August 2022 Safety Advisor | Safe and Sound Week is Aug. 15-22
Safe Workplaces are Sound Business
Every workplace should have a safety and health program that includes management leadership, worker participation, and a systematic approach to finding and fixing hazards.
According to the U.S. Bureau of Labor Statistics, the rate of worker deaths and reported injuries in the United States has decreased by more than 60 percent in the past four decades since the
Occupational Safety and Health (OSH) Act was passed. However, every year, more than 5,000 workers are killed on the job (a rate of 14 per day), and more than 3.6 million suffer a serious job-related injury or illness.
Safety and health programs help businesses:
- Prevent workplace injuries and illnesses
- Improve compliance with laws and regulations
- Reduce costs, including significant reductions in workers’ compensation premiums
- Engage workers
- Enhance social responsibility goals
- Increase productivity and enhance
When management leadership is sincere and is supported by actions, workers know that safety and health are important to business success. This means that the steps they take to improve safety and health will be valued by the business.
Top management demonstrates its commitment in many different ways, including:
- Developing and communicating a safety and health policy statement.
- Providing the resources needed to implement and operate the program.
- Factoring safety and health into operational planning and decisions.
- Recognizing or rewarding safety and health contributions and achievements.
- Leading by example, by practicing safe behaviors and making safety part of daily conversations.
Workers often know the most about potential hazards associated with their jobs. When they are involved in finding solutions, they feel invested in the program. To maximize participation, however, workers must feel free of any fear of retaliation or discrimination (e.g., for reporting an injury or hazardous conditions).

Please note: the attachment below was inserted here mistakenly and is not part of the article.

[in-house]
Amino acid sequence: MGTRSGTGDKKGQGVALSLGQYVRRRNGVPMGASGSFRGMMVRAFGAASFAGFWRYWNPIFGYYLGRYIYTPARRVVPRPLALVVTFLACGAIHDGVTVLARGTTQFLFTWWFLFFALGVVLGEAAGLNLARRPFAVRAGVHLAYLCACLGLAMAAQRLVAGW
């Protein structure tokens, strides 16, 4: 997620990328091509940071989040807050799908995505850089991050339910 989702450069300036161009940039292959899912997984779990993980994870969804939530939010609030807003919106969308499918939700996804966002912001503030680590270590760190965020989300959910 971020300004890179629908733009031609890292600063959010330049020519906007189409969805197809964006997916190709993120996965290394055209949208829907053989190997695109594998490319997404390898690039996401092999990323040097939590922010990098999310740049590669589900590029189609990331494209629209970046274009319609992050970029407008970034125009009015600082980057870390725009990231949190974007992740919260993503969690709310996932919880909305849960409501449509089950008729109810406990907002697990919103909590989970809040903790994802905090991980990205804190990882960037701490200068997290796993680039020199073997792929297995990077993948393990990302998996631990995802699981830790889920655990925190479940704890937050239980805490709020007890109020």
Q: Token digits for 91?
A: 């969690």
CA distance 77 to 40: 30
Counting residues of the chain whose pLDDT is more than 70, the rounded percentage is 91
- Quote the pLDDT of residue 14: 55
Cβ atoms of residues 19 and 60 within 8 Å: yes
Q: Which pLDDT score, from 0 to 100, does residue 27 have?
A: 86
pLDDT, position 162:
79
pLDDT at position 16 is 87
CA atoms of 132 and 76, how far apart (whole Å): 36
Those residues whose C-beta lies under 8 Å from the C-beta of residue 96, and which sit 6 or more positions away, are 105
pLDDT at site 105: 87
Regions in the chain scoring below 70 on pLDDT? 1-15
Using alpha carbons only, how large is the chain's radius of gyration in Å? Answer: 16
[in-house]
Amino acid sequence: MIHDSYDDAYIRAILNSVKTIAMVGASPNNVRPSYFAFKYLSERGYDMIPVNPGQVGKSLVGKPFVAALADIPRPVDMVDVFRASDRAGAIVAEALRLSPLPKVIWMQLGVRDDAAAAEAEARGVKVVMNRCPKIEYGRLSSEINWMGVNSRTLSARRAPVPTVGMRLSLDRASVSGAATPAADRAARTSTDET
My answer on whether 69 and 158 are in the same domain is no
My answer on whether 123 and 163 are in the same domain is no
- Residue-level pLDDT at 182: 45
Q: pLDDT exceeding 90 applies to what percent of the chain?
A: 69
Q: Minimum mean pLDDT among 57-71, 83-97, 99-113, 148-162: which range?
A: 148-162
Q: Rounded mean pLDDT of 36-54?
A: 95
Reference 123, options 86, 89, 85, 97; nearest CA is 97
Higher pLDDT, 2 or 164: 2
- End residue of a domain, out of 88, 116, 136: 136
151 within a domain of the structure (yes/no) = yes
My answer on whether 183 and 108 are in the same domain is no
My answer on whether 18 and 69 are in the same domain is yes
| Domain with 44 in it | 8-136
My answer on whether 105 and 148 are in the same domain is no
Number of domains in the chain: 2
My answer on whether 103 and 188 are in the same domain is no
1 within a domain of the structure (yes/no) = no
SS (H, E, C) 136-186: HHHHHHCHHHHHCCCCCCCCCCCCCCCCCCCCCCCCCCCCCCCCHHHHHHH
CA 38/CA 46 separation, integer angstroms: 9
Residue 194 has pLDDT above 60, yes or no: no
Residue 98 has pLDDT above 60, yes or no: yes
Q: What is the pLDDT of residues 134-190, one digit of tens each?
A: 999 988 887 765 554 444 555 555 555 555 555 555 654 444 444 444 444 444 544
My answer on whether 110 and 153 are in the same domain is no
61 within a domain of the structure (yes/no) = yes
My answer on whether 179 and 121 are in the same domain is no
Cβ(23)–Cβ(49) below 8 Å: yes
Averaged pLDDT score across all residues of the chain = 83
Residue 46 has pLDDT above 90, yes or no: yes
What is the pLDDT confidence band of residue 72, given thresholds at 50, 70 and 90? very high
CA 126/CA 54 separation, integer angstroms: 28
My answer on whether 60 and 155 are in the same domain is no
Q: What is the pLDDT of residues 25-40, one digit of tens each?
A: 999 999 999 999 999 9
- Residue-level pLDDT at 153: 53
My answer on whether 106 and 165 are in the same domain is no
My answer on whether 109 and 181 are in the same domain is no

Workers can participate in many ways, including:
- Developing the initial program design.
- Reporting incidents (including near misses) so they can be investigated.
- Analyzing hazards associated with routine and nonroutine jobs, tasks, and processes.
- Defining and documenting safe work practices.
- Conducting site inspections and incident investigations.
- Training current coworkers and new hires.
- Evaluating program performance and identifying ways to improve it.
Traditional approaches to finding and fixing workplace hazards are often reactive. Finding and fixing hazards using a proactive approach, before they cause injury or illness, is far more effective.
A systematic find and fix approach means:
- Involving workers, who often have the best understanding of the conditions that create hazards and insights into how they can be controlled.
- Reviewing all available information about hazards that might be present.
- Conducting inspections to identify new or emerging hazards.
- Investigating incidents to identify root causes and potential solutions.
- Evaluating options using the “hierarchy of controls.”
- Considering how to protect workers during emergencies and nonroutine activities.
- Checking that existing controls are intact and remain effective.